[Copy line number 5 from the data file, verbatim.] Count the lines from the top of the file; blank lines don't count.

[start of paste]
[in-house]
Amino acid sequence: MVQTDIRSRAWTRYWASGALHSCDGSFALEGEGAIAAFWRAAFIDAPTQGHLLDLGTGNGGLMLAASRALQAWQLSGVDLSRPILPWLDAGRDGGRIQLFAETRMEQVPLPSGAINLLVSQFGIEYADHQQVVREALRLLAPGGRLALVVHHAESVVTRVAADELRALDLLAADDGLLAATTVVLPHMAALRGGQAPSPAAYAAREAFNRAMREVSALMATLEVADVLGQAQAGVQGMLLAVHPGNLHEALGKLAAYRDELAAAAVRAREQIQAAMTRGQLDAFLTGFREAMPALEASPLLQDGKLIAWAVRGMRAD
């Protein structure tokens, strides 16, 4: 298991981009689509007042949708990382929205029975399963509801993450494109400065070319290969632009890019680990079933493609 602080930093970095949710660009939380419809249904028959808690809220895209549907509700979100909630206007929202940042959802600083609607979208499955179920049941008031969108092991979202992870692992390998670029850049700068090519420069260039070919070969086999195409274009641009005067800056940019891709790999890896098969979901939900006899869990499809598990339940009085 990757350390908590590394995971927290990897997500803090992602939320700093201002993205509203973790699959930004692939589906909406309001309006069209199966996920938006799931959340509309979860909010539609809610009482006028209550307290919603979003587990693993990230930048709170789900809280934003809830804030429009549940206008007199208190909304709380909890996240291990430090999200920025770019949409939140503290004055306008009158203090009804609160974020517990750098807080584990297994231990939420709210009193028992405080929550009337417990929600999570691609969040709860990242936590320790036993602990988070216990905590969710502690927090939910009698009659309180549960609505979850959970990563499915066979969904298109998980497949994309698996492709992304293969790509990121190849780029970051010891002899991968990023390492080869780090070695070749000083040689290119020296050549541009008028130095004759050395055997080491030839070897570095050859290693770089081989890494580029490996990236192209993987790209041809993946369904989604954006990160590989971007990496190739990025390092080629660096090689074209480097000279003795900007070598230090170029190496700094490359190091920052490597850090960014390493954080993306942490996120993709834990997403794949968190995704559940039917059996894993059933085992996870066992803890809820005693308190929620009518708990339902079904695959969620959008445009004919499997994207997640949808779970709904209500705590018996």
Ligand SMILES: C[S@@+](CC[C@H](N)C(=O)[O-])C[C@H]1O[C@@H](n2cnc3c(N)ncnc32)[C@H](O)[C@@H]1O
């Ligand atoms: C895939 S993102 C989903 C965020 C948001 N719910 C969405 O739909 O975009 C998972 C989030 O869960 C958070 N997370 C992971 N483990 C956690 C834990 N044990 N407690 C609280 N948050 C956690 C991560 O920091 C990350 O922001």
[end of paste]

């Ligand atoms: C895939 S993102 C989903 C965020 C948001 N719910 C969405 O739909 O975009 C998972 C989030 O869960 C958070 N997370 C992971 N483990 C956690 C834990 N044990 N407690 C609280 N948050 C956690 C991560 O920091 C990350 O922001």